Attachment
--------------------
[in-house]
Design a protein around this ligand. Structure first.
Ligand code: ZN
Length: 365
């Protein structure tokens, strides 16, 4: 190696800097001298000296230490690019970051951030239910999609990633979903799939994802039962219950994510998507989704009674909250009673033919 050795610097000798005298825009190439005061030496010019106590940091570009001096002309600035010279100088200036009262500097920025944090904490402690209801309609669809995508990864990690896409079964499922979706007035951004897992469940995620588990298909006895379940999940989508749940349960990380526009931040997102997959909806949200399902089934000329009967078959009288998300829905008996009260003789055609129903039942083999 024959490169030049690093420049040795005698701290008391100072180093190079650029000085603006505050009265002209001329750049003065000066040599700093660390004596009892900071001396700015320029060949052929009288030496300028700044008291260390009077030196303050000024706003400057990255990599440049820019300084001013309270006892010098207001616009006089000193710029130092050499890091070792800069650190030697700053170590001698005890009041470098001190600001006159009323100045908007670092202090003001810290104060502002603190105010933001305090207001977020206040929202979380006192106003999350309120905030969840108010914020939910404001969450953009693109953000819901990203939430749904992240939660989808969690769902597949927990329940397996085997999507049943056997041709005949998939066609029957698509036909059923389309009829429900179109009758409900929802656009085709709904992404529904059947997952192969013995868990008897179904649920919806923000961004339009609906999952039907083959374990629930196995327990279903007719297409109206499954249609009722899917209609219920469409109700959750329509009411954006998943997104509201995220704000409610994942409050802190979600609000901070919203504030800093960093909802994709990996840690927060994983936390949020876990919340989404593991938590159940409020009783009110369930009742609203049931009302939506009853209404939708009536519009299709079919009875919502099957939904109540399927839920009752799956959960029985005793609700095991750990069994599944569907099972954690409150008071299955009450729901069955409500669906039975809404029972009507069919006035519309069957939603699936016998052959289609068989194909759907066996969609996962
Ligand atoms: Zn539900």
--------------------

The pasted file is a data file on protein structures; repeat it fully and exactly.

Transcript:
[in-house]
Design a protein around this ligand. Structure first.
Ligand code: ZN
Length: 365
């Protein structure tokens, strides 16, 4: 190696800097001298000296230490690019970051951030239910999609990633979903799939994802039962219950994510998507989704009674909250009673033919 050795610097000798005298825009190439005061030496010019106590940091570009001096002309600035010279100088200036009262500097920025944090904490402690209801309609669809995508990864990690896409079964499922979706007035951004897992469940995620588990298909006895379940999940989508749940349960990380526009931040997102997959909806949200399902089934000329009967078959009288998300829905008996009260003789055609129903039942083999 024959490169030049690093420049040795005698701290008391100072180093190079650029000085603006505050009265002209001329750049003065000066040599700093660390004596009892900071001396700015320029060949052929009288030496300028700044008291260390009077030196303050000024706003400057990255990599440049820019300084001013309270006892010098207001616009006089000193710029130092050499890091070792800069650190030697700053170590001698005890009041470098001190600001006159009323100045908007670092202090003001810290104060502002603190105010933001305090207001977020206040929202979380006192106003999350309120905030969840108010914020939910404001969450953009693109953000819901990203939430749904992240939660989808969690769902597949927990329940397996085997999507049943056997041709005949998939066609029957698509036909059923389309009829429900179109009758409900929802656009085709709904992404529904059947997952192969013995868990008897179904649920919806923000961004339009609906999952039907083959374990629930196995327990279903007719297409109206499954249609009722899917209609219920469409109700959750329509009411954006998943997104509201995220704000409610994942409050802190979600609000901070919203504030800093960093909802994709990996840690927060994983936390949020876990919340989404593991938590159940409020009783009110369930009742609203049931009302939506009853209404939708009536519009299709079919009875919502099957939904109540399927839920009752799956959960029985005793609700095991750990069994599944569907099972954690409150008071299955009450729901069955409500669906039975809404029972009507069919006035519309069957939603699936016998052959289609068989194909759907066996969609996962
Ligand atoms: Zn539900």